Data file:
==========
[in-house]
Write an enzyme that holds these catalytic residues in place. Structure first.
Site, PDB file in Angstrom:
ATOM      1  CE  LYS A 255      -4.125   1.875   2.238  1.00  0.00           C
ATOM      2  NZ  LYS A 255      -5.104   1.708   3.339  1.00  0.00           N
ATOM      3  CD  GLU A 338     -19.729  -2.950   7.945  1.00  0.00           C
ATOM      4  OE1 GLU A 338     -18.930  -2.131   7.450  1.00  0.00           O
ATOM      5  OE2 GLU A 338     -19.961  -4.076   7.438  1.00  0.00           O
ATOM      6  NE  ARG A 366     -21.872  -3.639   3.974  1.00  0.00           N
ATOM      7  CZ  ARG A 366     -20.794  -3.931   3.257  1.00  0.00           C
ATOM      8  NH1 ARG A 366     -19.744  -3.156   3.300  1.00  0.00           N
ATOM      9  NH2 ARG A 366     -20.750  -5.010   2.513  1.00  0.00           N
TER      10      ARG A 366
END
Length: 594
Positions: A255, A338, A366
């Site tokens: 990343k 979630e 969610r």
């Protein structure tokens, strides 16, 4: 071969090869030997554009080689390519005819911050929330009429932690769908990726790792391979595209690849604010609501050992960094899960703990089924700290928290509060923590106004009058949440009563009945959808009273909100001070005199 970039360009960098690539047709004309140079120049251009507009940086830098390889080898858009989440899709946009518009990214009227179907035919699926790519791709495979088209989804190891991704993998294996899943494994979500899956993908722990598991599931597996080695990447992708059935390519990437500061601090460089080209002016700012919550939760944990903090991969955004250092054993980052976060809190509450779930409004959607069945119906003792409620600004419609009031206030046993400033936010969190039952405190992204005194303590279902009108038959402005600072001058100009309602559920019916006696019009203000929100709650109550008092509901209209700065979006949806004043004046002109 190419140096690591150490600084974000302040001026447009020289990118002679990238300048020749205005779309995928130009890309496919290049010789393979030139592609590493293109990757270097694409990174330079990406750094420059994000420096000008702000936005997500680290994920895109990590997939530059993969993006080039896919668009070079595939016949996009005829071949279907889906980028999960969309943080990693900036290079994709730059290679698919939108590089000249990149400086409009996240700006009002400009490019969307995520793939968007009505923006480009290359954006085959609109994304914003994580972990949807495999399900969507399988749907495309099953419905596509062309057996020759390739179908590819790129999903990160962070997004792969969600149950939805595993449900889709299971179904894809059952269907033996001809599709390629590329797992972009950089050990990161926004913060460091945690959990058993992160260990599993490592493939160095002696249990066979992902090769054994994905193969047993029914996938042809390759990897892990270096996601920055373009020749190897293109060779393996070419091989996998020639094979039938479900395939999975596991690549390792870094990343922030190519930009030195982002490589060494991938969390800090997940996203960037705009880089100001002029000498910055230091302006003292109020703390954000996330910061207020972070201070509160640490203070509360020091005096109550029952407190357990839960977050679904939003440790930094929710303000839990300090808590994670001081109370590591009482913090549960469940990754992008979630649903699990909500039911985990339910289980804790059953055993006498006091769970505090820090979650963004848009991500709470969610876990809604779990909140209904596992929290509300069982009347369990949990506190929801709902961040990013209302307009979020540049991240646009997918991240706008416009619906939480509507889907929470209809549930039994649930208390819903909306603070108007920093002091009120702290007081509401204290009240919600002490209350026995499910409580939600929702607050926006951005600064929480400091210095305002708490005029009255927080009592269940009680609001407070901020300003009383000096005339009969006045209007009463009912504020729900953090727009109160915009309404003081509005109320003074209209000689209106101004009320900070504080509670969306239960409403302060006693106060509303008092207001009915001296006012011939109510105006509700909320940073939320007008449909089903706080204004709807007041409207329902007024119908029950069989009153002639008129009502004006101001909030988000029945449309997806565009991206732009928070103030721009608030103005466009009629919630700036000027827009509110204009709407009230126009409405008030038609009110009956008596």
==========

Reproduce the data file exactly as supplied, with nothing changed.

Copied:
[in-house]
Write an enzyme that holds these catalytic residues in place. Structure first.
Site, PDB file in Angstrom:
ATOM      1  CE  LYS A 255      -4.125   1.875   2.238  1.00  0.00           C
ATOM      2  NZ  LYS A 255      -5.104   1.708   3.339  1.00  0.00           N
ATOM      3  CD  GLU A 338     -19.729  -2.950   7.945  1.00  0.00           C
ATOM      4  OE1 GLU A 338     -18.930  -2.131   7.450  1.00  0.00           O
ATOM      5  OE2 GLU A 338     -19.961  -4.076   7.438  1.00  0.00           O
ATOM      6  NE  ARG A 366     -21.872  -3.639   3.974  1.00  0.00           N
ATOM      7  CZ  ARG A 366     -20.794  -3.931   3.257  1.00  0.00           C
ATOM      8  NH1 ARG A 366     -19.744  -3.156   3.300  1.00  0.00           N
ATOM      9  NH2 ARG A 366     -20.750  -5.010   2.513  1.00  0.00           N
TER      10      ARG A 366
END
Length: 594
Positions: A255, A338, A366
């Site tokens: 990343k 979630e 969610r």
């Protein structure tokens, strides 16, 4: 071969090869030997554009080689390519005819911050929330009429932690769908990726790792391979595209690849604010609501050992960094899960703990089924700290928290509060923590106004009058949440009563009945959808009273909100001070005199 970039360009960098690539047709004309140079120049251009507009940086830098390889080898858009989440899709946009518009990214009227179907035919699926790519791709495979088209989804190891991704993998294996899943494994979500899956993908722990598991599931597996080695990447992708059935390519990437500061601090460089080209002016700012919550939760944990903090991969955004250092054993980052976060809190509450779930409004959607069945119906003792409620600004419609009031206030046993400033936010969190039952405190992204005194303590279902009108038959402005600072001058100009309602559920019916006696019009203000929100709650109550008092509901209209700065979006949806004043004046002109 190419140096690591150490600084974000302040001026447009020289990118002679990238300048020749205005779309995928130009890309496919290049010789393979030139592609590493293109990757270097694409990174330079990406750094420059994000420096000008702000936005997500680290994920895109990590997939530059993969993006080039896919668009070079595939016949996009005829071949279907889906980028999960969309943080990693900036290079994709730059290679698919939108590089000249990149400086409009996240700006009002400009490019969307995520793939968007009505923006480009290359954006085959609109994304914003994580972990949807495999399900969507399988749907495309099953419905596509062309057996020759390739179908590819790129999903990160962070997004792969969600149950939805595993449900889709299971179904894809059952269907033996001809599709390629590329797992972009950089050990990161926004913060460091945690959990058993992160260990599993490592493939160095002696249990066979992902090769054994994905193969047993029914996938042809390759990897892990270096996601920055373009020749190897293109060779393996070419091989996998020639094979039938479900395939999975596991690549390792870094990343922030190519930009030195982002490589060494991938969390800090997940996203960037705009880089100001002029000498910055230091302006003292109020703390954000996330910061207020972070201070509160640490203070509360020091005096109550029952407190357990839960977050679904939003440790930094929710303000839990300090808590994670001081109370590591009482913090549960469940990754992008979630649903699990909500039911985990339910289980804790059953055993006498006091769970505090820090979650963004848009991500709470969610876990809604779990909140209904596992929290509300069982009347369990949990506190929801709902961040990013209302307009979020540049991240646009997918991240706008416009619906939480509507889907929470209809549930039994649930208390819903909306603070108007920093002091009120702290007081509401204290009240919600002490209350026995499910409580939600929702607050926006951005600064929480400091210095305002708490005029009255927080009592269940009680609001407070901020300003009383000096005339009969006045209007009463009912504020729900953090727009109160915009309404003081509005109320003074209209000689209106101004009320900070504080509670969306239960409403302060006693106060509303008092207001009915001296006012011939109510105006509700909320940073939320007008449909089903706080204004709807007041409207329902007024119908029950069989009153002639008129009502004006101001909030988000029945449309997806565009991206732009928070103030721009608030103005466009009629919630700036000027827009509110204009709407009230126009409405008030038609009110009956008596």